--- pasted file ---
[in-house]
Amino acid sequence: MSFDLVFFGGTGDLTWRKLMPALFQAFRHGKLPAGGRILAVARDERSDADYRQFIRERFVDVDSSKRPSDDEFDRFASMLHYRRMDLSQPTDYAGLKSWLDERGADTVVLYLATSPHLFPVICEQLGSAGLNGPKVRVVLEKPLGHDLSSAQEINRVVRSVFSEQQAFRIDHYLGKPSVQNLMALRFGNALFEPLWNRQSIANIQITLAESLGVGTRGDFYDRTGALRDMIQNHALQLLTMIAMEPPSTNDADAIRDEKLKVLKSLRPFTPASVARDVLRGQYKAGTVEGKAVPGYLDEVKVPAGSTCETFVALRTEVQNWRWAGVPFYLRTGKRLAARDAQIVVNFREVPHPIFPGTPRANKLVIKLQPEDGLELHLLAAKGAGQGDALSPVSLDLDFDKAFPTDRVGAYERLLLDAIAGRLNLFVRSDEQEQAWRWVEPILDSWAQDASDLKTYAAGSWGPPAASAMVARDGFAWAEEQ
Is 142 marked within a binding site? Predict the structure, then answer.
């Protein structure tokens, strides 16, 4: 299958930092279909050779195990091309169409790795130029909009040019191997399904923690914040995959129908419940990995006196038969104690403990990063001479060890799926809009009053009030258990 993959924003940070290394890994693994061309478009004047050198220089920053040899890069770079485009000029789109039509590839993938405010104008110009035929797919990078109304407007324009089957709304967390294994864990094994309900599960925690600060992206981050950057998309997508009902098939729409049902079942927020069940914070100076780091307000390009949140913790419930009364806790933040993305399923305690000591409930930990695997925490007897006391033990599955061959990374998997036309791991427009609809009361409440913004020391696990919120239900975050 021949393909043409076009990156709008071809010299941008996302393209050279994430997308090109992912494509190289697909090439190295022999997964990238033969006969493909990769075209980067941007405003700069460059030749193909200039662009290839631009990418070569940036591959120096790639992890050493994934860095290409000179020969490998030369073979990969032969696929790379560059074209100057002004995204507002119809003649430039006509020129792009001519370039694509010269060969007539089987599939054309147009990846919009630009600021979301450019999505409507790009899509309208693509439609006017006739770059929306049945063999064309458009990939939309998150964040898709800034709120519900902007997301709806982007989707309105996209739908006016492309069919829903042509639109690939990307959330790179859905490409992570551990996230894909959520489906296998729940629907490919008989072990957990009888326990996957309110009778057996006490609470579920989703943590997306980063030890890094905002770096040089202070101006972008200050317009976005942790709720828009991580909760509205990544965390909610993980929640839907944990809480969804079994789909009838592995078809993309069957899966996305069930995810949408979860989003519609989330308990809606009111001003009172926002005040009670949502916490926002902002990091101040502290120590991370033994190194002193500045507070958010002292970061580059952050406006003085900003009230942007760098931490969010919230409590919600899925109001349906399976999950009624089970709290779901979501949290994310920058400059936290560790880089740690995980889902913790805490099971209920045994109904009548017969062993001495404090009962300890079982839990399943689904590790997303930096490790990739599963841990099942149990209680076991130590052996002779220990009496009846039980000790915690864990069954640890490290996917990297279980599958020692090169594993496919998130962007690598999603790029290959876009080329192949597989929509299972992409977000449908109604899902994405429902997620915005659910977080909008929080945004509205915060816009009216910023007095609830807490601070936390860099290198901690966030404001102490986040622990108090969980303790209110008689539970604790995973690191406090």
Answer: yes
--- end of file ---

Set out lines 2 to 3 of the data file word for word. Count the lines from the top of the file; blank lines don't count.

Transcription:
Amino acid sequence: MSFDLVFFGGTGDLTWRKLMPALFQAFRHGKLPAGGRILAVARDERSDADYRQFIRERFVDVDSSKRPSDDEFDRFASMLHYRRMDLSQPTDYAGLKSWLDERGADTVVLYLATSPHLFPVICEQLGSAGLNGPKVRVVLEKPLGHDLSSAQEINRVVRSVFSEQQAFRIDHYLGKPSVQNLMALRFGNALFEPLWNRQSIANIQITLAESLGVGTRGDFYDRTGALRDMIQNHALQLLTMIAMEPPSTNDADAIRDEKLKVLKSLRPFTPASVARDVLRGQYKAGTVEGKAVPGYLDEVKVPAGSTCETFVALRTEVQNWRWAGVPFYLRTGKRLAARDAQIVVNFREVPHPIFPGTPRANKLVIKLQPEDGLELHLLAAKGAGQGDALSPVSLDLDFDKAFPTDRVGAYERLLLDAIAGRLNLFVRSDEQEQAWRWVEPILDSWAQDASDLKTYAAGSWGPPAASAMVARDGFAWAEEQ
Is 142 marked within a binding site? Predict the structure, then answer.